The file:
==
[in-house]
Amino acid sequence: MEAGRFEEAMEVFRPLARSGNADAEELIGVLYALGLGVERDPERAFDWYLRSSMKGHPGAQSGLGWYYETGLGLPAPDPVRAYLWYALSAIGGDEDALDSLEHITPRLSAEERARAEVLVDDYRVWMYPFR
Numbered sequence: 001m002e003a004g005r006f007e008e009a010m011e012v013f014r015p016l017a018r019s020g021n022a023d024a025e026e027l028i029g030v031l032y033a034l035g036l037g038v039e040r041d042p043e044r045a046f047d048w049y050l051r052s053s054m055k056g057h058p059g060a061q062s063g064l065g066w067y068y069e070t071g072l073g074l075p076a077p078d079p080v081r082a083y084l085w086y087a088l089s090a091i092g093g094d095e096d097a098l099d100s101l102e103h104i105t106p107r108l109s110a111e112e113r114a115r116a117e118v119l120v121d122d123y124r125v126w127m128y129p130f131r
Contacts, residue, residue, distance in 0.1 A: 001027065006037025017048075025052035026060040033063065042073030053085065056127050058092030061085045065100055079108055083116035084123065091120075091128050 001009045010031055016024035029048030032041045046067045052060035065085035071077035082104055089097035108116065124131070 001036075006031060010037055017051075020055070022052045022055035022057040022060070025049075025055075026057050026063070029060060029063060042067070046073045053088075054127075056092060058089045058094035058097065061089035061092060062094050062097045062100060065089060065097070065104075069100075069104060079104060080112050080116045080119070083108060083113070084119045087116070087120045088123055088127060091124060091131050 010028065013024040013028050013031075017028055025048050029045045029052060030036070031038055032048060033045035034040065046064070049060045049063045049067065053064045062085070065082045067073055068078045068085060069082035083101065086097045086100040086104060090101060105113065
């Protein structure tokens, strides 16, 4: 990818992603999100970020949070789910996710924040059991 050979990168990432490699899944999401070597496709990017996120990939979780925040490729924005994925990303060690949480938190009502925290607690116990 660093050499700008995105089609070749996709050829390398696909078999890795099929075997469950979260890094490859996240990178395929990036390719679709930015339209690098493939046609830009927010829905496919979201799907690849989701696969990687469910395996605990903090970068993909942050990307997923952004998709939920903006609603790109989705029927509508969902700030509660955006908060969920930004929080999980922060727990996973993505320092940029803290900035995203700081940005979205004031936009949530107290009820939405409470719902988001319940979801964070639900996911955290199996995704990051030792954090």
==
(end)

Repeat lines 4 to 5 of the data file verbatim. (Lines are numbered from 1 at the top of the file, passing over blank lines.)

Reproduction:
Contacts, residue, residue, distance in 0.1 A: 001027065006037025017048075025052035026060040033063065042073030053085065056127050058092030061085045065100055079108055083116035084123065091120075091128050 001009045010031055016024035029048030032041045046067045052060035065085035071077035082104055089097035108116065124131070 001036075006031060010037055017051075020055070022052045022055035022057040022060070025049075025055075026057050026063070029060060029063060042067070046073045053088075054127075056092060058089045058094035058097065061089035061092060062094050062097045062100060065089060065097070065104075069100075069104060079104060080112050080116045080119070083108060083113070084119045087116070087120045088123055088127060091124060091131050 010028065013024040013028050013031075017028055025048050029045045029052060030036070031038055032048060033045035034040065046064070049060045049063045049067065053064045062085070065082045067073055068078045068085060069082035083101065086097045086100040086104060090101060105113065
């Protein structure tokens, strides 16, 4: 990818992603999100970020949070789910996710924040059991 050979990168990432490699899944999401070597496709990017996120990939979780925040490729924005994925990303060690949480938190009502925290607690116990 660093050499700008995105089609070749996709050829390398696909078999890795099929075997469950979260890094490859996240990178395929990036390719679709930015339209690098493939046609830009927010829905496919979201799907690849989701696969990687469910395996605990903090970068993909942050990307997923952004998709939920903006609603790109989705029927509508969902700030509660955006908060969920930004929080999980922060727990996973993505320092940029803290900035995203700081940005979205004031936009949530107290009820939405409470719902988001319940979801964070639900996911955290199996995704990051030792954090």